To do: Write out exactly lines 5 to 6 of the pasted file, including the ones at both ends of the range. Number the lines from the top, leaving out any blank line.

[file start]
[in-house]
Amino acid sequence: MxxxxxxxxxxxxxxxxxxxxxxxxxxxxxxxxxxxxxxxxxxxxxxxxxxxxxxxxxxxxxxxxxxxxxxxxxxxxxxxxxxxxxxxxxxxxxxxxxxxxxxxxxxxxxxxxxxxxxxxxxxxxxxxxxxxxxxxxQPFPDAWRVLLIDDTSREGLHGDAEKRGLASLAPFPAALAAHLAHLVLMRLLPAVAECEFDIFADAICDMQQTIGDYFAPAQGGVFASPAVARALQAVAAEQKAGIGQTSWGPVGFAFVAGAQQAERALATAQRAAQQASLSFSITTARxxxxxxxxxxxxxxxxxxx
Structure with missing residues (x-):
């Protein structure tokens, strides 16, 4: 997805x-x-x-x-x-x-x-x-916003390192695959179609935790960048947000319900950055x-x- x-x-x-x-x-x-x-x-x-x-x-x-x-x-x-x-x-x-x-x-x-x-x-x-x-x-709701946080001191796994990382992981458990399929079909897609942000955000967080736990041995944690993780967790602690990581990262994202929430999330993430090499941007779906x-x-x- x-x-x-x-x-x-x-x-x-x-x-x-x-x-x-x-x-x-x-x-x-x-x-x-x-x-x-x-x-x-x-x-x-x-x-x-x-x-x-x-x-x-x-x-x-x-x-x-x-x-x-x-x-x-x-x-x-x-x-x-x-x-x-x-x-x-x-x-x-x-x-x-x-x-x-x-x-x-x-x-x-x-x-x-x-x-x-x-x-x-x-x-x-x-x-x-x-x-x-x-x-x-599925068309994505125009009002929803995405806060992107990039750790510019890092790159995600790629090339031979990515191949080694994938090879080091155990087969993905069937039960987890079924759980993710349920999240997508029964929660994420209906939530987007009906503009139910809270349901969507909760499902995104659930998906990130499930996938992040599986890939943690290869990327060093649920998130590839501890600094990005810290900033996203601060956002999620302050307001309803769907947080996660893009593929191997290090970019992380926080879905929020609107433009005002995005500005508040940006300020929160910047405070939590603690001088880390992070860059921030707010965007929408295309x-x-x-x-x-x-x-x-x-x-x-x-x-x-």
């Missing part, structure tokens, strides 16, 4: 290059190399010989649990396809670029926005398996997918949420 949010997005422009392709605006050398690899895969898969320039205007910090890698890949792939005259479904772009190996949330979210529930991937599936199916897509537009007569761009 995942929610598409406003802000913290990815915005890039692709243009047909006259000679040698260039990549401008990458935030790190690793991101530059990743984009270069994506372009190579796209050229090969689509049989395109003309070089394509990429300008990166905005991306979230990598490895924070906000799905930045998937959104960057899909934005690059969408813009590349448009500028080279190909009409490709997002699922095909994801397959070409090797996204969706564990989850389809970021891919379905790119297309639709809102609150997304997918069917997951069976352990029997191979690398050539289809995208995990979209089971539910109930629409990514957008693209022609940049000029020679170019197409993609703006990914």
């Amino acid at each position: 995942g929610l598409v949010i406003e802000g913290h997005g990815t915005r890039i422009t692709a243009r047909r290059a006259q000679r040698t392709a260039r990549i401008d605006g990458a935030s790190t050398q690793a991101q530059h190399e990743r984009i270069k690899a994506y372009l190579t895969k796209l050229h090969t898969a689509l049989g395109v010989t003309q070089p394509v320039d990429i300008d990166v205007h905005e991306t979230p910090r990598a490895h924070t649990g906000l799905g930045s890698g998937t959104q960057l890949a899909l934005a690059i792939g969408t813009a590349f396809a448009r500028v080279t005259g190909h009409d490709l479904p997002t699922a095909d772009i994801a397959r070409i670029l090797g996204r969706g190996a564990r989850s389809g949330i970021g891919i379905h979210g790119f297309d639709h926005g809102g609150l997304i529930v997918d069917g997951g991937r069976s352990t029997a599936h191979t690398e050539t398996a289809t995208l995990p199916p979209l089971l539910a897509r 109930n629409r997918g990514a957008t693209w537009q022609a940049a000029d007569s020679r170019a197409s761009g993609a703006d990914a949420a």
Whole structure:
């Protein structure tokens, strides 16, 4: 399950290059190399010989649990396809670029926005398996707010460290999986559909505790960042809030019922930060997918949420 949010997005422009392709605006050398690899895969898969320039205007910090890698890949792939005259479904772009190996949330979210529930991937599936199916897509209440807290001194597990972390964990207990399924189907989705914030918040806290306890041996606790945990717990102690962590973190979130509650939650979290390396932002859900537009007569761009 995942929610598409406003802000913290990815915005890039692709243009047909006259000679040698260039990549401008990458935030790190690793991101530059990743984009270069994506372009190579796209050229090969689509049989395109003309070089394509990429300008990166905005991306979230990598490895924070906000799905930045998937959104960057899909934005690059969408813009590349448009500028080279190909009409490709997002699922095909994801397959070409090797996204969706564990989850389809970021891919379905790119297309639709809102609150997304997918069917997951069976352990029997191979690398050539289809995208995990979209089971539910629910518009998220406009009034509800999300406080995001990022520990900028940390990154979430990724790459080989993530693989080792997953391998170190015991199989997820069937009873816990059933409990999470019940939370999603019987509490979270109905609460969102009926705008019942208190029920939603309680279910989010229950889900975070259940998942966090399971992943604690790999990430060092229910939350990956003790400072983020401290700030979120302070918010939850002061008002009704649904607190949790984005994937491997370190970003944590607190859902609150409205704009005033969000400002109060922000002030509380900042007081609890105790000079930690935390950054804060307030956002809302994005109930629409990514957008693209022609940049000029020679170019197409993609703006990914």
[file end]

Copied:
């Missing part, structure tokens, strides 16, 4: 290059190399010989649990396809670029926005398996997918949420 949010997005422009392709605006050398690899895969898969320039205007910090890698890949792939005259479904772009190996949330979210529930991937599936199916897509537009007569761009 995942929610598409406003802000913290990815915005890039692709243009047909006259000679040698260039990549401008990458935030790190690793991101530059990743984009270069994506372009190579796209050229090969689509049989395109003309070089394509990429300008990166905005991306979230990598490895924070906000799905930045998937959104960057899909934005690059969408813009590349448009500028080279190909009409490709997002699922095909994801397959070409090797996204969706564990989850389809970021891919379905790119297309639709809102609150997304997918069917997951069976352990029997191979690398050539289809995208995990979209089971539910109930629409990514957008693209022609940049000029020679170019197409993609703006990914």
């Amino acid at each position: 995942g929610l598409v949010i406003e802000g913290h997005g990815t915005r890039i422009t692709a243009r047909r290059a006259q000679r040698t392709a260039r990549i401008d605006g990458a935030s790190t050398q690793a991101q530059h190399e990743r984009i270069k690899a994506y372009l190579t895969k796209l050229h090969t898969a689509l049989g395109v010989t003309q070089p394509v320039d990429i300008d990166v205007h905005e991306t979230p910090r990598a490895h924070t649990g906000l799905g930045s890698g998937t959104q960057l890949a899909l934005a690059i792939g969408t813009a590349f396809a448009r500028v080279t005259g190909h009409d490709l479904p997002t699922a095909d772009i994801a397959r070409i670029l090797g996204r969706g190996a564990r989850s389809g949330i970021g891919i379905h979210g790119f297309d639709h926005g809102g609150l997304i529930v997918d069917g997951g991937r069976s352990t029997a599936h191979t690398e050539t398996a289809t995208l995990p199916p979209l089971l539910a897509r 109930n629409r997918g990514a957008t693209w537009q022609a940049a000029d007569s020679r170019a197409s761009g993609a703006d990914a949420a």